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Thursday, January 6, 2005 4:09 PM

Researchers see gigabit data over power lines

WASHINGTON - Engineers at Penn State University said on Wednesday they had found a way for power lines to transmit data to homes at rates far faster than high-speed Internet connections from cable and telephone companies.

Broadband service over power lines has been highly touted by equipment makers and federal regulators as a possible competitor to cable and telephone services that handle nearly all of the 30 million US residential broadband connections.

But despite dozens of trials, few electric utilities have attempted to sell the service to customers, citing cost and technical problems. The Penn State researchers said while the technology would improve, lowering the costs of power-line broadband would remain challenging.

Power-line broadband systems available today typically promise data speeds of roughly one megabit to three megabits per second, similar to cable and digital subscriber line (DSL) service.

The Penn State engineers, Pouyan Amirshahi and Mohsen Kavehrad, estimated in a research paper released Wednesday that their system could deliver data at close to one gigabit per second over medium-voltage electrical lines in ideal conditions, with speeds of hundreds of megabits per second available to home users.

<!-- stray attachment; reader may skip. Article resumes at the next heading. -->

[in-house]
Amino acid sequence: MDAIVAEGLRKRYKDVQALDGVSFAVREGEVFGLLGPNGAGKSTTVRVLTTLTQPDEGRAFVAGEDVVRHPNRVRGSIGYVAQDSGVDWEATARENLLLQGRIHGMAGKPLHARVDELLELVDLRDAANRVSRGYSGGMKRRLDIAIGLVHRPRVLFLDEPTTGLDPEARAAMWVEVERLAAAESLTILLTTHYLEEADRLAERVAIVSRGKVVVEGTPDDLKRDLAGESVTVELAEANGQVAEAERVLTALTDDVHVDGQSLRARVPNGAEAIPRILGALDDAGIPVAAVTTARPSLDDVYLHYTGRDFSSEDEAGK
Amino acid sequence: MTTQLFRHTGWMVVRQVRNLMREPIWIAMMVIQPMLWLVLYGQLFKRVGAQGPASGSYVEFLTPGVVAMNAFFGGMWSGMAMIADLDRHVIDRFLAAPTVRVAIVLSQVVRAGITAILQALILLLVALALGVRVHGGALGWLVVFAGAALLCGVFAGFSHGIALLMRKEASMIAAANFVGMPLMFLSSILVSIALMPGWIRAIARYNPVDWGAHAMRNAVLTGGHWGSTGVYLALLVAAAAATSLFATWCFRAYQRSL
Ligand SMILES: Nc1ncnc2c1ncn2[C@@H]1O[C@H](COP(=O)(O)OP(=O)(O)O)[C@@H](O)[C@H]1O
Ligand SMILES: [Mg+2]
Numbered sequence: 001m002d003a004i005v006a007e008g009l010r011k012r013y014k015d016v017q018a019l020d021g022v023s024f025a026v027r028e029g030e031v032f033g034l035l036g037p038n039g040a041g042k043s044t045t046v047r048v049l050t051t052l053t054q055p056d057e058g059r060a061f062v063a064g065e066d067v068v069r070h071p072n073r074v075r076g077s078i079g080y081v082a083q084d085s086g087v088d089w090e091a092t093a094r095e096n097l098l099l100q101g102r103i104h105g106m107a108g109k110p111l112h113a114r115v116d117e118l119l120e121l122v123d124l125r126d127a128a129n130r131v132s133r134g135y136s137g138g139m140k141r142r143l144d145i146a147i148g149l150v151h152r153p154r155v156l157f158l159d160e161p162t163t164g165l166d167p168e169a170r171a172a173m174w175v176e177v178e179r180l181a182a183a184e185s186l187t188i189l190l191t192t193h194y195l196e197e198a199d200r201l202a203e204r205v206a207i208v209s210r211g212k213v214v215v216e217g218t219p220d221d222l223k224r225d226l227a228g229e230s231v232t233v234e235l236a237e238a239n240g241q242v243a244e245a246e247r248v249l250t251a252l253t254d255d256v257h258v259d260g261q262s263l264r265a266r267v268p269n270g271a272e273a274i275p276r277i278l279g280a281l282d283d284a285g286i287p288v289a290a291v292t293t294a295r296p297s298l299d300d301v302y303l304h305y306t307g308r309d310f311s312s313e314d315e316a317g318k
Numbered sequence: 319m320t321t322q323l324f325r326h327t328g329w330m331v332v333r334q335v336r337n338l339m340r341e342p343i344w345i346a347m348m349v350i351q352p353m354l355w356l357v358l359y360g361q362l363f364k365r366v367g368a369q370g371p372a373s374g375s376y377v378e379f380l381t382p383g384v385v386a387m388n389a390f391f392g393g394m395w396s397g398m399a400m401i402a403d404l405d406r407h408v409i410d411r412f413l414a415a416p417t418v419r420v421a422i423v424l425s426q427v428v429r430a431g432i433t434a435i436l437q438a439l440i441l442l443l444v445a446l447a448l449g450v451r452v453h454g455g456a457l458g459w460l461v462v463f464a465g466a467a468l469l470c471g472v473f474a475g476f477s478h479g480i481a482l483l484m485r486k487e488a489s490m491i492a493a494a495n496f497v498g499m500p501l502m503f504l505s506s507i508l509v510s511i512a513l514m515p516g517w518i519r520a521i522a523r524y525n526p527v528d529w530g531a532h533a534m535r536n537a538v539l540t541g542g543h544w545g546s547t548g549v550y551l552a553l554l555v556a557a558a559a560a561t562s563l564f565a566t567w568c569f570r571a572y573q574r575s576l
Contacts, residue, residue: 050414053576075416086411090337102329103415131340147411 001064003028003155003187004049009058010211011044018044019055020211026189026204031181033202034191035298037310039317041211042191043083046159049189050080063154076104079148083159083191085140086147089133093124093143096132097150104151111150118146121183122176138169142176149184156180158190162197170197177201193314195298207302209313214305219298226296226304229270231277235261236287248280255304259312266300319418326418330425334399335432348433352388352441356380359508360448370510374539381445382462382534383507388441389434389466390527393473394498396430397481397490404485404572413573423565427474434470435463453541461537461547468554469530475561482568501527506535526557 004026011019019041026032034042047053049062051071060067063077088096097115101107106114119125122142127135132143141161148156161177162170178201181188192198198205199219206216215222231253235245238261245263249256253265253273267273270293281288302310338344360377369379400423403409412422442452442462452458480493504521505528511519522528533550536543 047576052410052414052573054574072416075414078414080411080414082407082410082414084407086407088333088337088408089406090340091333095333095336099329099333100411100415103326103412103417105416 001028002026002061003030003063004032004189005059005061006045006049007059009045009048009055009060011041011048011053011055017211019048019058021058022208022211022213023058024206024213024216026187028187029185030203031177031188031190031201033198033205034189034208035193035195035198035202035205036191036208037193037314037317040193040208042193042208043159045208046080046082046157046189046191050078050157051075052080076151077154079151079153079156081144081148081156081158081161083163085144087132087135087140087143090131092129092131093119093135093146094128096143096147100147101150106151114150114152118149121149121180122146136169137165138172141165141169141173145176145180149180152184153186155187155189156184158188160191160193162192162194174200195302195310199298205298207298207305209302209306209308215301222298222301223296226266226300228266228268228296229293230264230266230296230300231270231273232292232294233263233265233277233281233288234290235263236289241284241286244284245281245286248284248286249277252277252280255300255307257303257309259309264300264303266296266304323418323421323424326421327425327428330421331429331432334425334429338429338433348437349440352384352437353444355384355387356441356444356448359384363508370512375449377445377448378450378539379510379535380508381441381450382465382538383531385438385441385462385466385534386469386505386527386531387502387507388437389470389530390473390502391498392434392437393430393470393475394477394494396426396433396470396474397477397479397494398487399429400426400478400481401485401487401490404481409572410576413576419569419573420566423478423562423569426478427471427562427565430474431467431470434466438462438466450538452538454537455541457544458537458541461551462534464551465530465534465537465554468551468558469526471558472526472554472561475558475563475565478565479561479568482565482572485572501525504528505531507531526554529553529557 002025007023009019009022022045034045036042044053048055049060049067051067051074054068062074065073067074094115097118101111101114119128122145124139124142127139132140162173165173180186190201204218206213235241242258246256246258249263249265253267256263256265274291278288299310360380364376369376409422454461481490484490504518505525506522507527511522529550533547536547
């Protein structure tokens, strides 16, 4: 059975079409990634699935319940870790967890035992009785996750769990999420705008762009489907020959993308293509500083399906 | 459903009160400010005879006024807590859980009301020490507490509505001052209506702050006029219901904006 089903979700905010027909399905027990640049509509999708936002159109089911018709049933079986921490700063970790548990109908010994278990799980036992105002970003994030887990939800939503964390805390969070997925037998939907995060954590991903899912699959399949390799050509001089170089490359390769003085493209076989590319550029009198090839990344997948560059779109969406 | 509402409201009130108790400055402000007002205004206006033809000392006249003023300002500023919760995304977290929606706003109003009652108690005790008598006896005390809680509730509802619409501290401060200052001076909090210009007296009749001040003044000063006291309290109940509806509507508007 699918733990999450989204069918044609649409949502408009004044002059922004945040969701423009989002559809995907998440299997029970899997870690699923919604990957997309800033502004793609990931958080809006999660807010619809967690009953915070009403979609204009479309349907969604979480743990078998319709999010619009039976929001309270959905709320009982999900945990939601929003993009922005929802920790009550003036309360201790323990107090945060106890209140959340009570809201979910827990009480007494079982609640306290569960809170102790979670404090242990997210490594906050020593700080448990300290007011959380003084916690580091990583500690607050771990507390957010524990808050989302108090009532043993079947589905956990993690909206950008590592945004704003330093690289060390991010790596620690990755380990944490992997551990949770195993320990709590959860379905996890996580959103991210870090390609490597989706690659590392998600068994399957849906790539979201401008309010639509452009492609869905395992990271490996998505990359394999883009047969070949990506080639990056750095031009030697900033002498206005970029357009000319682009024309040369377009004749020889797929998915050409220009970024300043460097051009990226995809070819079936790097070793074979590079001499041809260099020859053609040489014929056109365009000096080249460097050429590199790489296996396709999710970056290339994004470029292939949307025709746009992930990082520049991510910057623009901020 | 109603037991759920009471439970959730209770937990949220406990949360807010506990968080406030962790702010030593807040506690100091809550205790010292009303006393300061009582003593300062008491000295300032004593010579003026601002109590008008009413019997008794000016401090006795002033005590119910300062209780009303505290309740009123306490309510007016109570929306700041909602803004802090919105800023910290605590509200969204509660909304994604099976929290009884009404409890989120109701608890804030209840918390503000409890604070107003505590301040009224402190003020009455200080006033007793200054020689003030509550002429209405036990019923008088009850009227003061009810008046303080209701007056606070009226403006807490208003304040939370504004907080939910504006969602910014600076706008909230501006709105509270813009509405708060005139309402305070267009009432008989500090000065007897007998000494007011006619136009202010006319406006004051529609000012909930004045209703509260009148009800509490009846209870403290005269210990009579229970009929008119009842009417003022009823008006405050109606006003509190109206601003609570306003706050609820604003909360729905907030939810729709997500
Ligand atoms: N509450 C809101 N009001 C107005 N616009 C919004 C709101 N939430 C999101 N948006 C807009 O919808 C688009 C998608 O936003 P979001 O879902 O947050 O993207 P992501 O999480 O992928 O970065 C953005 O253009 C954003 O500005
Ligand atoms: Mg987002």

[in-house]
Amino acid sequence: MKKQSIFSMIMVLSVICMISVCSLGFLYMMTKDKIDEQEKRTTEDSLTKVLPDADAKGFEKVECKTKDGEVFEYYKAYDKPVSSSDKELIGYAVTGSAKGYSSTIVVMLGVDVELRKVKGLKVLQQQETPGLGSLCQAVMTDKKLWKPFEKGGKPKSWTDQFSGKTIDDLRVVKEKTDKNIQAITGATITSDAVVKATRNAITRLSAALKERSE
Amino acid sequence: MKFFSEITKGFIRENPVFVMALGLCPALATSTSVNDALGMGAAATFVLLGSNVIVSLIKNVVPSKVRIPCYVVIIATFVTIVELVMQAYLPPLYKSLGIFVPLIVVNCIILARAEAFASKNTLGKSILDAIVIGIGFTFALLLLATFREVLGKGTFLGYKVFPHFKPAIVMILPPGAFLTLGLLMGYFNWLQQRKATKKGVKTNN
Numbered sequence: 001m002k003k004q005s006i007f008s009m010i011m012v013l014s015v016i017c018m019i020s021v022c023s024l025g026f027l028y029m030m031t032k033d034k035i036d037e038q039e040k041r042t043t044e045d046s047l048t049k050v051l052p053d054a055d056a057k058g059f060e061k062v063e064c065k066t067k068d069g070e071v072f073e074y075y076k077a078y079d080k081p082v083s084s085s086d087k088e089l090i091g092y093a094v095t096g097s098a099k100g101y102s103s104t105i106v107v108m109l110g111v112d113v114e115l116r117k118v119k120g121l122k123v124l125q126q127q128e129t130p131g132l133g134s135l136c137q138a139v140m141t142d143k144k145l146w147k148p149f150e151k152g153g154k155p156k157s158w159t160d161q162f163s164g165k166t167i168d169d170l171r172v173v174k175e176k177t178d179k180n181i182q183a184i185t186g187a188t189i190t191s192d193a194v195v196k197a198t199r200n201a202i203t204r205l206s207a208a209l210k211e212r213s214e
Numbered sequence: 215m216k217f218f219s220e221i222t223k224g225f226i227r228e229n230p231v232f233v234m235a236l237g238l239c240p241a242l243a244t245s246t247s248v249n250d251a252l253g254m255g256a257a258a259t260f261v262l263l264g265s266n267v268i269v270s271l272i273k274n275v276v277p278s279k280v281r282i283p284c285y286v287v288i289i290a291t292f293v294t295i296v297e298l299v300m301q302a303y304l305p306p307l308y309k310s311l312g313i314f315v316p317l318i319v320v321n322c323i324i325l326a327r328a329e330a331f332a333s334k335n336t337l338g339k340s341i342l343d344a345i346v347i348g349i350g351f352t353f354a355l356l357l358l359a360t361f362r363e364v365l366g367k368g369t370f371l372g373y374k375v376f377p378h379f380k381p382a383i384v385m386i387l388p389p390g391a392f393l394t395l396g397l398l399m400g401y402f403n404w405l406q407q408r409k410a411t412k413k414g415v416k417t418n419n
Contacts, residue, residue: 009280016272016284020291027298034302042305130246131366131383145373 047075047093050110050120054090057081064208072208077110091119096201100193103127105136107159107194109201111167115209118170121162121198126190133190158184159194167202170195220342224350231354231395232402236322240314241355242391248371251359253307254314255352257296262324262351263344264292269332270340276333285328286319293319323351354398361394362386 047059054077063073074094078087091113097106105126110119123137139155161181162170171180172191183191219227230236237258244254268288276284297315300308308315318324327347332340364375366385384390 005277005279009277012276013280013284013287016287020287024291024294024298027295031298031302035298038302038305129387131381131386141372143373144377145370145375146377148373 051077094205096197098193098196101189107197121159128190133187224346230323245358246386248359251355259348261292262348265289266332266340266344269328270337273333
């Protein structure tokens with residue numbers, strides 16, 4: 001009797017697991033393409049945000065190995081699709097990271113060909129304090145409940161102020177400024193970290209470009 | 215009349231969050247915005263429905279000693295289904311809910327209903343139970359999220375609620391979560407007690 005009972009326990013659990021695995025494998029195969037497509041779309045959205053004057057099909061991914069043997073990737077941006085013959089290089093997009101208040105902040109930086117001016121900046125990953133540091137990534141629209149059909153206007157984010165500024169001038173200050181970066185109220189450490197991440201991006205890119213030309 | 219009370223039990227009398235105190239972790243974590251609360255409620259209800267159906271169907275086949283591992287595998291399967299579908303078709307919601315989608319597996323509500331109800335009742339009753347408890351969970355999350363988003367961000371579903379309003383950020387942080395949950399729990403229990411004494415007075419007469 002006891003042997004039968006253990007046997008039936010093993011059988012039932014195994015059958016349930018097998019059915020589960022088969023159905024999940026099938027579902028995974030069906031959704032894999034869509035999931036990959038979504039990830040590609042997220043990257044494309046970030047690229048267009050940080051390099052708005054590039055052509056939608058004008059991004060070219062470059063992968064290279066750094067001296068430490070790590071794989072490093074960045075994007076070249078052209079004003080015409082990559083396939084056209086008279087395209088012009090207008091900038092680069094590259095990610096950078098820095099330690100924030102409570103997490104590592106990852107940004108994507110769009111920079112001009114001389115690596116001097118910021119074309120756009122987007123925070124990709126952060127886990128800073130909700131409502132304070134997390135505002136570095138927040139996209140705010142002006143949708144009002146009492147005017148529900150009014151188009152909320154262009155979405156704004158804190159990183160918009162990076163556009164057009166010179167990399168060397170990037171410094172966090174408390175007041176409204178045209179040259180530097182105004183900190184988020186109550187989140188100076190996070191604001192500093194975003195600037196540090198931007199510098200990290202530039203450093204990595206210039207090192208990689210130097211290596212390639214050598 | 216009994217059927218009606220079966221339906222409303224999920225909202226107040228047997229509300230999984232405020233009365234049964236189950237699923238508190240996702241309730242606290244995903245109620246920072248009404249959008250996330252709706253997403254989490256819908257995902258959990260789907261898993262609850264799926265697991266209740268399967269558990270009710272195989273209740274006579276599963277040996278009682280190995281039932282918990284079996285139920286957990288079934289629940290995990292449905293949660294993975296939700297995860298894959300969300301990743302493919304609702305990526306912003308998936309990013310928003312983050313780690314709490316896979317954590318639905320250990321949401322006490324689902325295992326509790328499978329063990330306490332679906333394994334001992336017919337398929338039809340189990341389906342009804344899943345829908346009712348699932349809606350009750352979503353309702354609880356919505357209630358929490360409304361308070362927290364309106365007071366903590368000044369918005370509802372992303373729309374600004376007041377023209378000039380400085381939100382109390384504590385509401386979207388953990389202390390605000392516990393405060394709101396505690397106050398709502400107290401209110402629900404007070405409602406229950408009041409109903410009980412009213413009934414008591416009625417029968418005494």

Their system would uses repeaters placed every kilometer, and requires power lines to have been modified to reduce interference with the data signals. The engineers said their estimates were based on computer models, and that the data speeds available in a real-world version would depend on how many repeaters a power company used.

The Penn State study was funded with a grant from AT&T Corp., which has taken part in prior trials of power-line broadband.

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Inferiority complex
One congressman suggested we need Charter change to abolish the Senate; we think, on the contrary, that members of the House just need therapy to overcome their unwarranted sense of inferiority.

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